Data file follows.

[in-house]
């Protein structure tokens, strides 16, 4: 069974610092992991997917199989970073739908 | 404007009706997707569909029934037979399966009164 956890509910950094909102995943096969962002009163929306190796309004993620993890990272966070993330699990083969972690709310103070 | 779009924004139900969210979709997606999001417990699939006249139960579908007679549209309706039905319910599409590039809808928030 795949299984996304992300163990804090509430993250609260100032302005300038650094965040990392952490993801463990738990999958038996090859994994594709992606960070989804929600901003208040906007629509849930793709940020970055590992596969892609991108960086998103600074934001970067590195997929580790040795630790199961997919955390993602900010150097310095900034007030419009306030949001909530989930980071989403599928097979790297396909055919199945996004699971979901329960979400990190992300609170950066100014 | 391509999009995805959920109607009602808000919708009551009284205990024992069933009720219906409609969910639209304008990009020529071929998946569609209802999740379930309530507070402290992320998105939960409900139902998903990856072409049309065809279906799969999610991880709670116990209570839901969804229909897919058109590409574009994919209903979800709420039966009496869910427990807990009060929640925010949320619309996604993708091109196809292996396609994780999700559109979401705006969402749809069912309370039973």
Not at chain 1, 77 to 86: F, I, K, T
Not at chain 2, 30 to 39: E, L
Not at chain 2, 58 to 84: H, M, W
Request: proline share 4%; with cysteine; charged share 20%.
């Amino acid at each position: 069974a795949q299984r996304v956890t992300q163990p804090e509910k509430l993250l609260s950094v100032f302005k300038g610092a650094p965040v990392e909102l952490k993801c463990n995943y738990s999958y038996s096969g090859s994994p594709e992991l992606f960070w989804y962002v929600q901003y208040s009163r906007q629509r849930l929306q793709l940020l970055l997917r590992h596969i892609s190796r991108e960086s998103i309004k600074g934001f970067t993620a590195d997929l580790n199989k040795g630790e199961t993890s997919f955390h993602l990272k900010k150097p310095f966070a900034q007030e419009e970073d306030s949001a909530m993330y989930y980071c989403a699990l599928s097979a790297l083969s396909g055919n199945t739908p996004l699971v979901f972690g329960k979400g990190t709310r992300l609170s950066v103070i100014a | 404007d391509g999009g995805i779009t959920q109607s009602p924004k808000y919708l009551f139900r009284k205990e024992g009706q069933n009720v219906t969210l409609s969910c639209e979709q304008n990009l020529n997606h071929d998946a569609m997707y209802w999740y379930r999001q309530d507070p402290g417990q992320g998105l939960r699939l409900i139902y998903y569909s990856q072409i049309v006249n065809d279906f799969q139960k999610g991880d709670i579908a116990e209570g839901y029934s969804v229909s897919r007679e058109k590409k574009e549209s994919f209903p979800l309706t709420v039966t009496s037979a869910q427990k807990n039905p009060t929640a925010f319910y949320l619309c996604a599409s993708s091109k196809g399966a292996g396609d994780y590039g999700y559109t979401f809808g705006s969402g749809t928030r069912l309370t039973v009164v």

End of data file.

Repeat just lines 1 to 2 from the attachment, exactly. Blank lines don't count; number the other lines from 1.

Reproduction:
[in-house]
């Protein structure tokens, strides 16, 4: 069974610092992991997917199989970073739908 | 404007009706997707569909029934037979399966009164 956890509910950094909102995943096969962002009163929306190796309004993620993890990272966070993330699990083969972690709310103070 | 779009924004139900969210979709997606999001417990699939006249139960579908007679549209309706039905319910599409590039809808928030 795949299984996304992300163990804090509430993250609260100032302005300038650094965040990392952490993801463990738990999958038996090859994994594709992606960070989804929600901003208040906007629509849930793709940020970055590992596969892609991108960086998103600074934001970067590195997929580790040795630790199961997919955390993602900010150097310095900034007030419009306030949001909530989930980071989403599928097979790297396909055919199945996004699971979901329960979400990190992300609170950066100014 | 391509999009995805959920109607009602808000919708009551009284205990024992069933009720219906409609969910639209304008990009020529071929998946569609209802999740379930309530507070402290992320998105939960409900139902998903990856072409049309065809279906799969999610991880709670116990209570839901969804229909897919058109590409574009994919209903979800709420039966009496869910427990807990009060929640925010949320619309996604993708091109196809292996396609994780999700559109979401705006969402749809069912309370039973």